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29982776 Operations Management

29982776 Operations Management

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MANAGEMENT
MANAGEMENT

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Published by: Δημήτρης Αντωνιάδης on Jul 22, 2013
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Aggregate planning is a complex problem largely because of the need to coordinate interacting
variables in order for the firm to respond to the (uncertain) demand in an effective way. Table 8.2
identifies some of the key variables available to planners and the costs associated with them.

Table. 8.2

Decision variable

Associated cost

1.Varying size of work force

1.Hiring, training, and layoff costs

2.Using overtime or accepting idle time

2.Wage premiums and non-productive timecosts

3.Varying inventory levels

3.Carrying and storage costs

4.Accepting back orders

4.Stockout costs of lost orders

5.Subcontracting work to others

5.Higher labour and material costs

6.Changing the use of existing capacity

6.Delayed response and higher fixed costs

To best understand the effect of changes in these variables, it is useful to first focus upon the
impact of a change in only one variable at a time, with other variables held constant. The examples
that follow show the effect on production costs of (isolated) changes in the decision variables. They
are presented in a simplified format in order to best convey the underlying concept; more realistic
examples follow in later sections.

ILLUSTRATION 1: Paris Candy Company has estimated its quarterly demand (cases) as
shown in Table 8.3 and Figure 8.1. It expects the next demand cycle to be similar to this one
and wishes to restore ending inventory, employment, etc., to beginning levels accordingly.

Table 8.3

Demand

Quarter

Units

1st

500

2nd

900

3rd

700

4th

300

Fig. 8.1 Histogram of demand

Aggregate Planning and Master Scheduling

193

Each quarterly change of 200 units output has an incremental labour cost of Rs. 2,000 and
ending levels must be restored to initial levels. What is the cost associated with changing the work
force size?

SOLUTION

Table 8.4

Period

Demand

Work force required

Change of work

Cost

1

500

3

1

2000

2

900

5

2

4000

3

700

4

1

2000

4

300

2

2

4000

Six changes of work force have to be made. Employment change cost = 6 (Rs.2,000)

= Rs.12,000.

ILLUSTRATION 2: (Overtime and idle time) Maintain a stable work force capable of
producing 600 units per quarter, and use OT (at Rs. 5 per unit) and IT (at Rs. 20 per unit).

SOLUTION

Table 8.5

Period

Demand

OT production

Idle Time (IT) capacity Cost in Rs.

(units)

(units)

1

500

-

100

2000

2

900

300

-

1500

3

700

100

-

500

4

300

-

300

6000

Total cost

10000

As shown in Table 8.5, 400 units will be produced on overtime, and workers will be idle when
400 units could have been produced. Total cost is Rs.10000.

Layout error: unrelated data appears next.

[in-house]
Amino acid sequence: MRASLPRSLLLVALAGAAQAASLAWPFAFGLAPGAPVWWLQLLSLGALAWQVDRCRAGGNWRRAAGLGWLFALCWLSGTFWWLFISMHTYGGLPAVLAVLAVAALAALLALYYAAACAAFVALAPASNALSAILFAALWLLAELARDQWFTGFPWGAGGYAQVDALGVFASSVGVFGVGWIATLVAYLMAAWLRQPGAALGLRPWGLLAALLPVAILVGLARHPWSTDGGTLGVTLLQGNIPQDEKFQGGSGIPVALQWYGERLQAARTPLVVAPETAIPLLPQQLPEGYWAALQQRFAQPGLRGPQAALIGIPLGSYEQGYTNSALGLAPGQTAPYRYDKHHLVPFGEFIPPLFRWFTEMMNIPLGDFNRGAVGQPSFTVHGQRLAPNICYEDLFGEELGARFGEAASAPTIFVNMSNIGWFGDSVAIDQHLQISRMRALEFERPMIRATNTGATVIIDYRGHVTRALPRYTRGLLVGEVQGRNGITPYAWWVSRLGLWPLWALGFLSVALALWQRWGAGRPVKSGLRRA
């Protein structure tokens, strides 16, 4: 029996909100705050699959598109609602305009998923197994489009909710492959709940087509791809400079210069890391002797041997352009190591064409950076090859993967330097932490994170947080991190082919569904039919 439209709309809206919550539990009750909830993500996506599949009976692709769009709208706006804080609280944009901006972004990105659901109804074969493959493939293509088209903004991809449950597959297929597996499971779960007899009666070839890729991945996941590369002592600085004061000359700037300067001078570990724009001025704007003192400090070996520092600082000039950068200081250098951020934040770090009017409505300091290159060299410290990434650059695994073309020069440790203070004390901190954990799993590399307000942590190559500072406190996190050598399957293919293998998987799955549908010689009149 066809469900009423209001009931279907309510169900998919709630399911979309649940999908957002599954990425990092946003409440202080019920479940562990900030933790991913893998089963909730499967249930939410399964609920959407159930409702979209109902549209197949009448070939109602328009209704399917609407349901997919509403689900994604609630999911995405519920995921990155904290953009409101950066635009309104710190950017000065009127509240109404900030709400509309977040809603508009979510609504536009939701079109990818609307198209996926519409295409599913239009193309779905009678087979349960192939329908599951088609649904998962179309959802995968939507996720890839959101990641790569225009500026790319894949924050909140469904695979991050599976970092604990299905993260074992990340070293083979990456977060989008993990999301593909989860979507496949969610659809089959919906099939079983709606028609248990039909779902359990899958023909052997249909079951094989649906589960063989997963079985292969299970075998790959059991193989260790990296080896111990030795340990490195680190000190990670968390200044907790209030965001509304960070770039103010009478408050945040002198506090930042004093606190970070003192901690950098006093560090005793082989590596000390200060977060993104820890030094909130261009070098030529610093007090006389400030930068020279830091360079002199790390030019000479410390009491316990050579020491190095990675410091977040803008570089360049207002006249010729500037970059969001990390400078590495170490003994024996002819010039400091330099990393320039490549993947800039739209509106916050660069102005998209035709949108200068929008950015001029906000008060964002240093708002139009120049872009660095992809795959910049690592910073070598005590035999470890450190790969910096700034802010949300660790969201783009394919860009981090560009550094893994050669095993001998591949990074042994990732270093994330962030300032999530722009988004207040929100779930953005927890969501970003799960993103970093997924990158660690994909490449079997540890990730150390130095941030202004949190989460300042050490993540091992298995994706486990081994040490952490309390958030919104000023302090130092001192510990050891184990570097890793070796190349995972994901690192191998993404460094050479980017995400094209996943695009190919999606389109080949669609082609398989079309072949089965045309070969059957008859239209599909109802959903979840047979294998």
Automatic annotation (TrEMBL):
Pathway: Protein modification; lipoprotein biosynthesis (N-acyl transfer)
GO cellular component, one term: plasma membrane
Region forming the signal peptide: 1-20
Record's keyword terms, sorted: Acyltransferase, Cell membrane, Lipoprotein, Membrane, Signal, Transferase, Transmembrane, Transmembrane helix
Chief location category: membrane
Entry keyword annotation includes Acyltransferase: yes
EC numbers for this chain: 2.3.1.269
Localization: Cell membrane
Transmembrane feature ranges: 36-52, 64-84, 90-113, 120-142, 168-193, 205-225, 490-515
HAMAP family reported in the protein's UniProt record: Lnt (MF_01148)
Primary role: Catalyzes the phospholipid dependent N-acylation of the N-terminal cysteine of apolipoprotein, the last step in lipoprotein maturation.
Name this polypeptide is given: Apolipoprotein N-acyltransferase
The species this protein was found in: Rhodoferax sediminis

ILLUSTRATION 3: Vary inventories: Vary inventory levels, but maintain a stable work
force producing at an average requirement rate (of 2,400 units + 4 quarters = 600 units
per quarter) with no OT or IT. The carrying cost (based on average inventory) is Rs. 32 per
unit per year, and the firm can arrange to have whatever inventory level is required before
period I at no additional cost. Annual storage cost (based on maximum inventory) is Rs. 5
per unit.

194

Operations Management

SOLUTION

Table 8.6

Quarter

Forecast

Rate of

Change in

Cls. balance

End balance

production

inventory

1

500

600

100

100

400

2

900

600

–300

–200

100

3

700

600

–100

–300

0

4

300

600

300

0

300

Total

2400

800

As shown in Table 8.6, inventory is accumulated during quarters 1 and 4, and depleted in quarters
2 and 3. The preliminary inventory balance column shows a negative inventory of 300 in quarter 3,
so 300 must be on hand at the beginning of quarter 1 to prevent any shortage. The average inventory
on hand is the ending balance total of 800 units divided by 4 quarters = 200 units.
Carrying cost, Cc (on avg. inventory)=(Rs. 32 per unit-yr) (200 units) = Rs. 6,400
Storage cost,Cs (on max. inventory)=(Rs. 5 per unit) (400 units) = Rs. 2,000
Total inventory cost (Cc + Cs)=Rs. 8,400
ILLUSTRATION 4: Back orders: Produce at a steady rate of 500 units per period, and
accept a limited number of back orders when demand exceeds 500. The Stockout cost of lost
sales is Rs. 20 per unit.

SOLUTION: A back order is an arrangement to fill a current order during a later period. Stockout
costs occur when some sales (or customers) are lost because products are not immediately available.
In this example, 200 units of the excess demand in period 2 are placed on back order for delivery in
period 4. The other 200 units demanded in period 2 are lost, alongwith the 200 in period 3.
Stockout cost=(200 + 200) (Rs.20 per unit) = Rs. 8,000

ILLUSTRATION 5: Subcontract: Produce at a steady rate of 300 units per period, and
subcontract for excess requirements at a marginal cost of Rs. 8 per unit.

SOLUTION: The firm must subcontract 200 units in period 1, 600 in period 2, and 400 in period 3,
as shown in table.

Subcontract cost=(1200)(Rs. 8 per unit) = Rs.9,600
of the five decision variables considered above, accepting back orders results in the least cost
(Rs. 8,000).

Aggregate Planning and Master Scheduling

195

Qt.

Demand unit

Rs.

Subcontract

1

500

300

200

2

900

300

600

3

700

300

400

4

300

300

400

Total

1200

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